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Brian Enos's Forums... Maku mozo!


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About Fishbreath

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    Looks for Target

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    Pittsburgh, PA
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    Jay Slater

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  1. It's a possibility for sure, especially since nylon expands 2-4x as much as aluminum with heating, but I don't think it's a strong contender. The GP100-style cylinder release is a lever arm that pivots around a pin in the left side of the frame behind the recoil shield. Push inward on the release, and an arm behind the recoil shield levers forward. A peg on the lever presses a button on the back of the cylinder, which unlocks the cylinder. A spring and plunger in the latch hold it in the cylinder-open position when the cylinder isn't pushing back on it, and the lever arm interferes
  2. This would be an edgy take, if practical shooting as a sport hadn't already tried "no divisions, everyone shoots heads up" last millennium.
  3. I've got about 0.005" of endshake, it seems—it'll pass a 0.002" feeler gauge, but not quite a 0.0025" gauge, pushed forward. I think residue buildup might have been part of it. I gave the forcing cone and cylinder face a good scrub, and can see a bit more light between them than I could before. I'll have to add 'hot after 100 or 150 rounds' to my list of B/C gap measurements to take when I'm at the range. I don't think I have this problem, since it seems like the feeler gauge slides around without binding more at the top or bottom, but good to keep in mind either way.
  4. Cold, 0.007-0.008" (cylinder pushed to rear). I'll measure hot next time I'm at the range.
  5. Zilch—I inherited a stash of Bullseye I was working my way through, and have been waffling on whether to replace it with something different when I run out of this last pound or so.
  6. Ibejiheads 160gr and Bullseye. Which is a notably dirty powder, and I do see some soot rings on the barrel-side face of the cylinder, around the front ends of the chambers. I'll make sure to take a brass brush up to the range with me this week. Any recommendations for something cleaner? While the shim suggests it's .002", feeler gauges at the barrel/cylinder gap put it at more like 0.005".
  7. Yup, Super GP in .38. Not strictly sure—it seems to happen mainly on the clock, frustratingly. I'm going to fit a practice in this week and see if I can make it happen a few times for testing. There's no real resistance to opening the cylinder, and in many cases, thumbing the hammer back will turn the cylinder and free things up again. Going by the safe table after each stage, I found that I could feel some notchiness in the trigger at certain points in the cylinder's rotation (I'd feel it again after counting to 8). Wiping the face of the cylinder beneath the
  8. I thought I'd solved this after the last match, but it appears I was wrong. For the last several outings now, I've been getting extreme variation in trigger pull and extremely heavy trigger pulls after a stage or two. I'm utterly confused as to why--it only started toward the end of last year, and seems to be largely independent of gun cleanliness or ammo. One thought may be debris under the star--the tolerance on this gun is very tight, to the point that even a 0.002" cylinder shim prevents the cylinder from closing. It looks clean to be, but 0.002" of something might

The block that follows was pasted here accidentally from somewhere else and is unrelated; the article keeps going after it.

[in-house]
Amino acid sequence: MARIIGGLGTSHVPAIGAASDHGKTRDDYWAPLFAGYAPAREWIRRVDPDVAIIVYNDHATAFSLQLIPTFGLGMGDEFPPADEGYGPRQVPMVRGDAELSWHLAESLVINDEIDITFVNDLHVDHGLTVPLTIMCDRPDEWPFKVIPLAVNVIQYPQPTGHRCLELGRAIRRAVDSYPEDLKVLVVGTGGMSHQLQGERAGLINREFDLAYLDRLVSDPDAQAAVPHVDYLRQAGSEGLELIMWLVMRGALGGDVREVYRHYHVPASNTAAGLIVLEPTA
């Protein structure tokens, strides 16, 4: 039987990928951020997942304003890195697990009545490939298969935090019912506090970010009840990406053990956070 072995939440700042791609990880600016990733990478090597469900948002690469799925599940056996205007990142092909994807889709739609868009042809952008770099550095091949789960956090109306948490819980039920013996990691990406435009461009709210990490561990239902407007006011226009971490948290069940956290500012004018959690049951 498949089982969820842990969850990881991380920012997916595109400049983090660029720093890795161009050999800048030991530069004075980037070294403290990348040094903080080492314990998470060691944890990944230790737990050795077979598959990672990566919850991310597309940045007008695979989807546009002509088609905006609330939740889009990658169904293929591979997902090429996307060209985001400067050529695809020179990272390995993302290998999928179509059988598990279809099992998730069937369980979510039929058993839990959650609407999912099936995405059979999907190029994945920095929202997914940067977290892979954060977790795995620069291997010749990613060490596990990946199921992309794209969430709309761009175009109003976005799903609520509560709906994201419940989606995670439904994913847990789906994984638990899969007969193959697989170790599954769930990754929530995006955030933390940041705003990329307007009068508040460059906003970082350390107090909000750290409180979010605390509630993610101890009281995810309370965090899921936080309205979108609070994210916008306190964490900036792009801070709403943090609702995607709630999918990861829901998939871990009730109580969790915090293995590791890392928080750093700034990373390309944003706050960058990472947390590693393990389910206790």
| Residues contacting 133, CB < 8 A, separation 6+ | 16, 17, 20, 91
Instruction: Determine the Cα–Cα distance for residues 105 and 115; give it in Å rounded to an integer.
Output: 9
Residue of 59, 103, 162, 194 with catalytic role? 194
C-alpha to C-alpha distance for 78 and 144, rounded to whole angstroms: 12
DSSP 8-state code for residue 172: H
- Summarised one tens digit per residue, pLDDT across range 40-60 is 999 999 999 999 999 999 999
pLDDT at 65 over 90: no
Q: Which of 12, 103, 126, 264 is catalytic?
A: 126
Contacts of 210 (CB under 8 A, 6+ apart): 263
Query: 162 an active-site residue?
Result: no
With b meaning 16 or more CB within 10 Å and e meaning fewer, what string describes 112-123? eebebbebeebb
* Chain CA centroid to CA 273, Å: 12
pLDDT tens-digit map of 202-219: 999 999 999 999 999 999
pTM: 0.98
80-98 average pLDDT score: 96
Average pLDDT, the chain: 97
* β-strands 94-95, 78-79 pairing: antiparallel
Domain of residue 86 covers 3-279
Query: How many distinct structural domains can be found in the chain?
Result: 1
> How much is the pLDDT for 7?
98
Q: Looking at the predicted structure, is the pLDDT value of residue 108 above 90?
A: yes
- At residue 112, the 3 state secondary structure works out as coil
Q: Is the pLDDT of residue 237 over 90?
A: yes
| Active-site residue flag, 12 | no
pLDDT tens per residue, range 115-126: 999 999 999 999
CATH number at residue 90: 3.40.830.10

9. I already am. A wheelgun is hard mode, and I was getting lazy with shooting fundamentals in Carry Optics.
  10. I got my 3D printer set up for nylon, which means I can make production-ready plastic parts now. The most common feedback I got about the original design was, "Can you make a bigger one?" So I gave it a try. I think I like it. We'll see how it goes in dry fire over the next few days.
  11. Exactly. Better to iron all this out before major matches. (That's in part why my major match calendar looks pretty back-loaded this year.) Anyway, I hope to come back to the bobbed hammer at some point.
  12. One match in the books with the bobbed hammer, and I figured I would document my findings. After a practice that had me trusting the bobbed hammer and 9lb spring setup, the match was a dumpster fire. Light strikes started early and got worse, to the point where I put in the 14lb factory hammer spring after three stages. That turned all notchy, and locked up entirely on the last stage of the day, to the point that I had to thumb the hammer back to free it. Postmortem analysis: Despite looking identical to the naked eye, some combination of the hammer and hammer dog are
  13. I went through the same process on a lark a while ago—working from a photo, I measured out a circle of the same width as the Rhino cylinder, and laid out scaled 9mm circles. You could easily fit 7, but there's just not enough room for 8.
  14. I recently bobbed a hammer for my Super GP100. I have a cut one and an uncut one now. With the 9lb hammer spring, the bobbed hammer sets off Winchester primers reliably, whereas the stock hammer didn't.
  15. Here's mine. Each peg holds 4 .38 Special clips, or 5 .38 Short, for 640 rounds at full load. I'm pretty sure you're right.
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